It’s understandable that in public places like bars, parks, and movie theaters there would be no smoking signs. I’ve seen them in enough odd places like classrooms and office kitchens to wonder whether or not a smoker’s first thought when entering a new space is,”is it cool to light one up in here?”  I don’t have the best perspective on this since I am not a smoker, but I would imagine that even though they might be craving one, smoker’s alike have other things to worry about that wanting to light up a cigarette in a loading dock elevator wouldn’t be the first thing on their mind.

Them again I don’t smoke so I could be completely wrong.  To me it seems silly that someone would feel overly disappointed that the can’t have a cigarette in a small, confined area.  Theze signs give off the impression that smokers are eagerly lurking for places to smoke and as soon as they see one of those big red signs, they shrug their shoulders and say “awww shucks!”

Next time your in an elevator, see if you can smoke in there and challenge yourself to finish a cigarette before you get off the elevator.

Train Blogging: Life on the Rails

A CTA Car, Where Dreams Happen

I have to clear two things up before getting into the magic of riding the L train. First of all I’m not writing this on the train so loyal followers of my Train Blogging series will see a more polished and clean cut article. Second of all, I blog a lot about public transportation. To get a better feel of where my attitudes lie regarding public transportation guidelines read this post.

Today’s installment of the Tran Blogging series surrounds the thought-processes that go through my mind while riding the train and what I perceive (just or unjust) to be going through the minds of my fellow passengers. In the recent weeks I have been reading a fantastic biography of Albert Einstein written by the famous Walter Isaacson. Einstein himself has a life interesting enough to fulfill the next month’s worth of blog posts. The book is also part of the reason why I have not made a Train Blogging post in quite some time.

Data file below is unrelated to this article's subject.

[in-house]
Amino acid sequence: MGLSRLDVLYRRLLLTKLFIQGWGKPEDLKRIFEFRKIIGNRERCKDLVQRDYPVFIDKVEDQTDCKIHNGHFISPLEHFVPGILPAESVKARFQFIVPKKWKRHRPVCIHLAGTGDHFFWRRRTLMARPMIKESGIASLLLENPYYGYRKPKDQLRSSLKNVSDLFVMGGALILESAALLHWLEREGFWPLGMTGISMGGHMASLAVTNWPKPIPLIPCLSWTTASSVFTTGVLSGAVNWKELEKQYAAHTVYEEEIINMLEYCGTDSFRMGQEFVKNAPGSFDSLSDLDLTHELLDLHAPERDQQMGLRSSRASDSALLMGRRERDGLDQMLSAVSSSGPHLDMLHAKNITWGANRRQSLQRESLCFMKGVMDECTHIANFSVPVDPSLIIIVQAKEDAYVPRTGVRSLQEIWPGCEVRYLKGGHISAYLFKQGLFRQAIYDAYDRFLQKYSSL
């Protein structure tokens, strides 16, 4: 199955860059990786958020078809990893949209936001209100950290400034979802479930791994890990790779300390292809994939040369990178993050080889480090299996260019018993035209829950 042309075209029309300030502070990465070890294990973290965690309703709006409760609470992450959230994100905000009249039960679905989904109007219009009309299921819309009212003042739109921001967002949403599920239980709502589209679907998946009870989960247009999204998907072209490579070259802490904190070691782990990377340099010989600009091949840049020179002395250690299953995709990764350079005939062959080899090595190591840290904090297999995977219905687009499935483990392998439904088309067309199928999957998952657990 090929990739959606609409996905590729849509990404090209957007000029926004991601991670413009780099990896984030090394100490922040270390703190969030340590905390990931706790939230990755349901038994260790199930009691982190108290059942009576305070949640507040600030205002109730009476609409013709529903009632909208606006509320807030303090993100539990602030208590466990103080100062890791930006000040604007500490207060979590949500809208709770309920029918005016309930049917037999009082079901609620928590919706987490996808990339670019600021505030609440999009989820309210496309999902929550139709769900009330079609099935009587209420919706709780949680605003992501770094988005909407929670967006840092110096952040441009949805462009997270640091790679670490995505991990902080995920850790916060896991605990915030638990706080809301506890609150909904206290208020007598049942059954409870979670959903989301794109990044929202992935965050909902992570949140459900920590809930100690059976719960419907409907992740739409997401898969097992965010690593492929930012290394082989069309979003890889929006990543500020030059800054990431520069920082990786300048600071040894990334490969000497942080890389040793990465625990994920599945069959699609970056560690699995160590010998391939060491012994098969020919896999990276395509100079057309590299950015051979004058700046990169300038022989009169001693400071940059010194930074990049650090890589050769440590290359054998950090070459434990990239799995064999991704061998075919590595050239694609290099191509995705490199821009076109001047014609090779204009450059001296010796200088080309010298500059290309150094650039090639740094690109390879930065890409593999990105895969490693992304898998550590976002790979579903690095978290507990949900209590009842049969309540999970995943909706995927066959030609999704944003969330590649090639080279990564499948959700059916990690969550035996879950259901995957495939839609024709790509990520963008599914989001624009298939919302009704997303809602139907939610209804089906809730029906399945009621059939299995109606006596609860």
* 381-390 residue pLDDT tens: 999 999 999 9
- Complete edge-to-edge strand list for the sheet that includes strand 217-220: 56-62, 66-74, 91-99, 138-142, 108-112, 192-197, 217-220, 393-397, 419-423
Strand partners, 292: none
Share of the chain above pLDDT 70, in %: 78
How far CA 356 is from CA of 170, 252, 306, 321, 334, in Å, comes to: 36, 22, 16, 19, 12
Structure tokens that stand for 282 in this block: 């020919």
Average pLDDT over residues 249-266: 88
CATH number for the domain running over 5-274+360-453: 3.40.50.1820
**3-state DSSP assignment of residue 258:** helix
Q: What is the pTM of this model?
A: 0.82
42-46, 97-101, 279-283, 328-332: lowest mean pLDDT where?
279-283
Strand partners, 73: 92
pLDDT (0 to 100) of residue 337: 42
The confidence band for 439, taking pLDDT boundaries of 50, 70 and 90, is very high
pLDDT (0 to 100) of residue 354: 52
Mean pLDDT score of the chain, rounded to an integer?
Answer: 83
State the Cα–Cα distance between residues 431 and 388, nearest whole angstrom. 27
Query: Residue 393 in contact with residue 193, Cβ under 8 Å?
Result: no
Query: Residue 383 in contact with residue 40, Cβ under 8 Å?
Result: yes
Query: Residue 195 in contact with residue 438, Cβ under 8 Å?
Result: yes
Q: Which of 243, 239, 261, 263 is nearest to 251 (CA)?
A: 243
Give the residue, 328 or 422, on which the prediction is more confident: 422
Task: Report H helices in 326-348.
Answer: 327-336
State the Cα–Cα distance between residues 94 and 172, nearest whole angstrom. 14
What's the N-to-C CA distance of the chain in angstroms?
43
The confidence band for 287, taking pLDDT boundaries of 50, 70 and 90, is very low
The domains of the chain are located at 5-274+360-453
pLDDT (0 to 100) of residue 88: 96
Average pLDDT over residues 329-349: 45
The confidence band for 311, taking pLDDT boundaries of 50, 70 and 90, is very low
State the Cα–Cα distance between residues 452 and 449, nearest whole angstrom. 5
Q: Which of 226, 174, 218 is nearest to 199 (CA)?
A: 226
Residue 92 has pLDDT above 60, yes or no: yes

Oddly enough I find the rickety clanking noise of the train to be the most comforting environment to read in. While reading the Einstein book I find it humorous that I am able to completely tune out the outside world and become completely encapsulated with this book. I have to give Isaacson much credit for that because his writing style is so clear and imaginative that it is difficult to put the book down. This also speaks on greater volumes about what the period of riding the CTA represents in my day.

My time spent on the train is a period where I’m left alone with my thoughts. This is really one of the only period of time during the day that I can experience this. I don’t want to give off the misconception that I am completely entailed in work and activity the entire day, but as I’m sure you can agree with there aren’t many moments during the day when you can just sit back and think. Reading the Einstein book is definitely intellectually stimulating and I find myself setting the book down at times to try and comprehend what his thought process is like (disclaimer: this is often a useless tactic as trying to understand Einstein’s thought process let alone is physics is seemingly a full time occupation). Point being though that Einstein’s theories and lifestyle often inspires my own thoughts and perceptions regarding different facets of life and the life that he lived.